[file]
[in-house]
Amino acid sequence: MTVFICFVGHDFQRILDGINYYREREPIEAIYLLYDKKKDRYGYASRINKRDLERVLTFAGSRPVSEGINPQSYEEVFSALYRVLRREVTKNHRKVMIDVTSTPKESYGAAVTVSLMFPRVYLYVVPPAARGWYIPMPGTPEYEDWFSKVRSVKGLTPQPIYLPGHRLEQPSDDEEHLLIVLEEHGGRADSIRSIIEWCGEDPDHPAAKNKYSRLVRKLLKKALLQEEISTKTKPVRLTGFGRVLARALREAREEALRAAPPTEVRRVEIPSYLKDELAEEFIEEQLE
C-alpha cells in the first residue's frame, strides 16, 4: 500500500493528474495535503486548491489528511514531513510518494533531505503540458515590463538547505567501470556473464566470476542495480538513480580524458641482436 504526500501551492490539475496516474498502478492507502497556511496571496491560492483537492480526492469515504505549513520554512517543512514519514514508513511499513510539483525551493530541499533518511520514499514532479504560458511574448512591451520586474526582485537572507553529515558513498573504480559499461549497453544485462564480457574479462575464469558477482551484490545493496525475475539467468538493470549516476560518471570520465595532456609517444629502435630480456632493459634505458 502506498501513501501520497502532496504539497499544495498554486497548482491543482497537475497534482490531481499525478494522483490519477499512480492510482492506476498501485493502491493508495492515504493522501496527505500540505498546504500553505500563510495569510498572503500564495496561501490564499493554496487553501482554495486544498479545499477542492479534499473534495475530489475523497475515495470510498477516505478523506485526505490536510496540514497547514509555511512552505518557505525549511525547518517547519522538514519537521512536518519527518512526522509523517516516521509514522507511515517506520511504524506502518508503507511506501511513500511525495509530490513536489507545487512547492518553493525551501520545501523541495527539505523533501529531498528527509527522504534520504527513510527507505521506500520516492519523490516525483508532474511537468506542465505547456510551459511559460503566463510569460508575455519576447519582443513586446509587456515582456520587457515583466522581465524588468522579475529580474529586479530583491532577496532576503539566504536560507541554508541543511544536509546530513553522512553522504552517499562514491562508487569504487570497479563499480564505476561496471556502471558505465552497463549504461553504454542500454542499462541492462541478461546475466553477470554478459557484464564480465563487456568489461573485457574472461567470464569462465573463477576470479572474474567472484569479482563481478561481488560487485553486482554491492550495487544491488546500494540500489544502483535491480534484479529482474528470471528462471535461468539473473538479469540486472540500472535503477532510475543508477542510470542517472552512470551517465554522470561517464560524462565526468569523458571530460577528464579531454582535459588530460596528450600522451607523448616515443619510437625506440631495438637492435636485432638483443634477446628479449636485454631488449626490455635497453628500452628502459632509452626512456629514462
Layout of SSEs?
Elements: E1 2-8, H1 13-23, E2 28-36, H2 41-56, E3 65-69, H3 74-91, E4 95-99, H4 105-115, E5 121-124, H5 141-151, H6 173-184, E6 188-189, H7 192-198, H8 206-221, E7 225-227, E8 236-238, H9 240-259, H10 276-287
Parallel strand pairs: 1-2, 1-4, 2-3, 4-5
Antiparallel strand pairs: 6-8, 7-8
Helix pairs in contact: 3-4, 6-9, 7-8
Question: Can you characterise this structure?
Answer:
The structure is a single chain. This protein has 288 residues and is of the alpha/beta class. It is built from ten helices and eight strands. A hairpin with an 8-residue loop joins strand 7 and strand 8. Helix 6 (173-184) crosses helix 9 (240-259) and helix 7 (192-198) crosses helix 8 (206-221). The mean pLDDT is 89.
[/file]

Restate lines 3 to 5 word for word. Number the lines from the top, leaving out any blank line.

C-alpha cells in the first residue's frame, strides 16, 4: 500500500493528474495535503486548491489528511514531513510518494533531505503540458515590463538547505567501470556473464566470476542495480538513480580524458641482436 504526500501551492490539475496516474498502478492507502497556511496571496491560492483537492480526492469515504505549513520554512517543512514519514514508513511499513510539483525551493530541499533518511520514499514532479504560458511574448512591451520586474526582485537572507553529515558513498573504480559499461549497453544485462564480457574479462575464469558477482551484490545493496525475475539467468538493470549516476560518471570520465595532456609517444629502435630480456632493459634505458 502506498501513501501520497502532496504539497499544495498554486497548482491543482497537475497534482490531481499525478494522483490519477499512480492510482492506476498501485493502491493508495492515504493522501496527505500540505498546504500553505500563510495569510498572503500564495496561501490564499493554496487553501482554495486544498479545499477542492479534499473534495475530489475523497475515495470510498477516505478523506485526505490536510496540514497547514509555511512552505518557505525549511525547518517547519522538514519537521512536518519527518512526522509523517516516521509514522507511515517506520511504524506502518508503507511506501511513500511525495509530490513536489507545487512547492518553493525551501520545501523541495527539505523533501529531498528527509527522504534520504527513510527507505521506500520516492519523490516525483508532474511537468506542465505547456510551459511559460503566463510569460508575455519576447519582443513586446509587456515582456520587457515583466522581465524588468522579475529580474529586479530583491532577496532576503539566504536560507541554508541543511544536509546530513553522512553522504552517499562514491562508487569504487570497479563499480564505476561496471556502471558505465552497463549504461553504454542500454542499462541492462541478461546475466553477470554478459557484464564480465563487456568489461573485457574472461567470464569462465573463477576470479572474474567472484569479482563481478561481488560487485553486482554491492550495487544491488546500494540500489544502483535491480534484479529482474528470471528462471535461468539473473538479469540486472540500472535503477532510475543508477542510470542517472552512470551517465554522470561517464560524462565526468569523458571530460577528464579531454582535459588530460596528450600522451607523448616515443619510437625506440631495438637492435636485432638483443634477446628479449636485454631488449626490455635497453628500452628502459632509452626512456629514462
Layout of SSEs?
Elements: E1 2-8, H1 13-23, E2 28-36, H2 41-56, E3 65-69, H3 74-91, E4 95-99, H4 105-115, E5 121-124, H5 141-151, H6 173-184, E6 188-189, H7 192-198, H8 206-221, E7 225-227, E8 236-238, H9 240-259, H10 276-287